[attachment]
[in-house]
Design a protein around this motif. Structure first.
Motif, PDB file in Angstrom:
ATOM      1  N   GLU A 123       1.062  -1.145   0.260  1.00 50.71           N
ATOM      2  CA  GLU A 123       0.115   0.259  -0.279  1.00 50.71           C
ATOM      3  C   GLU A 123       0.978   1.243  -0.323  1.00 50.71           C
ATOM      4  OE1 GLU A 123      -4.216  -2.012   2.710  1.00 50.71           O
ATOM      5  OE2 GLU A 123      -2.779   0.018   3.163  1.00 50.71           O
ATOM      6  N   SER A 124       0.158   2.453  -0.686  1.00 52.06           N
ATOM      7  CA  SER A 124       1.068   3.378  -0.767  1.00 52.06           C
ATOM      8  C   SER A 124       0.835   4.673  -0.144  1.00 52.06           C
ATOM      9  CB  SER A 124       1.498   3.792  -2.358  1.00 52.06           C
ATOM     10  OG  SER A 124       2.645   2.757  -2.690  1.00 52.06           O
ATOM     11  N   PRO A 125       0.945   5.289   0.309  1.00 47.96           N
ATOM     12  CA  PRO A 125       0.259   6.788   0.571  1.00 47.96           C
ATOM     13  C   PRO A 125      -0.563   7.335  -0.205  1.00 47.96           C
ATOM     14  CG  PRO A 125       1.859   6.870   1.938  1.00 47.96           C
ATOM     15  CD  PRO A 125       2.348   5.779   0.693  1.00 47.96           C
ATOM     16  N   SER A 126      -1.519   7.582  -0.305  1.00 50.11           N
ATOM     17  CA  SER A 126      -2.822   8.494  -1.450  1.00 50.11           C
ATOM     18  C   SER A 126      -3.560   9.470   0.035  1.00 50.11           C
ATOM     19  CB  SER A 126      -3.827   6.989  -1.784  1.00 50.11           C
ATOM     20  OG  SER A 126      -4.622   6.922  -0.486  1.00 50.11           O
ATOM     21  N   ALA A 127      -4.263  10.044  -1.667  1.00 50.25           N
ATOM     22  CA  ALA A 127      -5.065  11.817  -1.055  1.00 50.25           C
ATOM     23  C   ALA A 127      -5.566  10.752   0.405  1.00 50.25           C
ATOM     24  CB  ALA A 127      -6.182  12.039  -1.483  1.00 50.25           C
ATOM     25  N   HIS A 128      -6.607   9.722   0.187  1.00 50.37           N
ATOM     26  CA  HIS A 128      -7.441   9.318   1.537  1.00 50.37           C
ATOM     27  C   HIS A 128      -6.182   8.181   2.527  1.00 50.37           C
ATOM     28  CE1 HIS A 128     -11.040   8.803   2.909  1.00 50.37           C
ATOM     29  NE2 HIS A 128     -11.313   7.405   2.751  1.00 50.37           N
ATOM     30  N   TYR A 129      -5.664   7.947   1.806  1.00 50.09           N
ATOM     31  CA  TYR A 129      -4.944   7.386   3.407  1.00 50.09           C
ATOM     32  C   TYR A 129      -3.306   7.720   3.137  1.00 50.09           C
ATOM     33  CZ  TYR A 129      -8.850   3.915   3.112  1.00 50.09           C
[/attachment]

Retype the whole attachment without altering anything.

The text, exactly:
[in-house]
Design a protein around this motif. Structure first.
Motif, PDB file in Angstrom:
ATOM      1  N   GLU A 123       1.062  -1.145   0.260  1.00 50.71           N
ATOM      2  CA  GLU A 123       0.115   0.259  -0.279  1.00 50.71           C
ATOM      3  C   GLU A 123       0.978   1.243  -0.323  1.00 50.71           C
ATOM      4  OE1 GLU A 123      -4.216  -2.012   2.710  1.00 50.71           O
ATOM      5  OE2 GLU A 123      -2.779   0.018   3.163  1.00 50.71           O
ATOM      6  N   SER A 124       0.158   2.453  -0.686  1.00 52.06           N
ATOM      7  CA  SER A 124       1.068   3.378  -0.767  1.00 52.06           C
ATOM      8  C   SER A 124       0.835   4.673  -0.144  1.00 52.06           C
ATOM      9  CB  SER A 124       1.498   3.792  -2.358  1.00 52.06           C
ATOM     10  OG  SER A 124       2.645   2.757  -2.690  1.00 52.06           O
ATOM     11  N   PRO A 125       0.945   5.289   0.309  1.00 47.96           N
ATOM     12  CA  PRO A 125       0.259   6.788   0.571  1.00 47.96           C
ATOM     13  C   PRO A 125      -0.563   7.335  -0.205  1.00 47.96           C
ATOM     14  CG  PRO A 125       1.859   6.870   1.938  1.00 47.96           C
ATOM     15  CD  PRO A 125       2.348   5.779   0.693  1.00 47.96           C
ATOM     16  N   SER A 126      -1.519   7.582  -0.305  1.00 50.11           N
ATOM     17  CA  SER A 126      -2.822   8.494  -1.450  1.00 50.11           C
ATOM     18  C   SER A 126      -3.560   9.470   0.035  1.00 50.11           C
ATOM     19  CB  SER A 126      -3.827   6.989  -1.784  1.00 50.11           C
ATOM     20  OG  SER A 126      -4.622   6.922  -0.486  1.00 50.11           O
ATOM     21  N   ALA A 127      -4.263  10.044  -1.667  1.00 50.25           N
ATOM     22  CA  ALA A 127      -5.065  11.817  -1.055  1.00 50.25           C
ATOM     23  C   ALA A 127      -5.566  10.752   0.405  1.00 50.25           C
ATOM     24  CB  ALA A 127      -6.182  12.039  -1.483  1.00 50.25           C
ATOM     25  N   HIS A 128      -6.607   9.722   0.187  1.00 50.37           N
ATOM     26  CA  HIS A 128      -7.441   9.318   1.537  1.00 50.37           C
ATOM     27  C   HIS A 128      -6.182   8.181   2.527  1.00 50.37           C
ATOM     28  CE1 HIS A 128     -11.040   8.803   2.909  1.00 50.37           C
ATOM     29  NE2 HIS A 128     -11.313   7.405   2.751  1.00 50.37           N
ATOM     30  N   TYR A 129      -5.664   7.947   1.806  1.00 50.09           N
ATOM     31  CA  TYR A 129      -4.944   7.386   3.407  1.00 50.09           C
ATOM     32  C   TYR A 129      -3.306   7.720   3.137  1.00 50.09           C
ATOM     33  CZ  TYR A 129      -8.850   3.915   3.112  1.00 50.09           C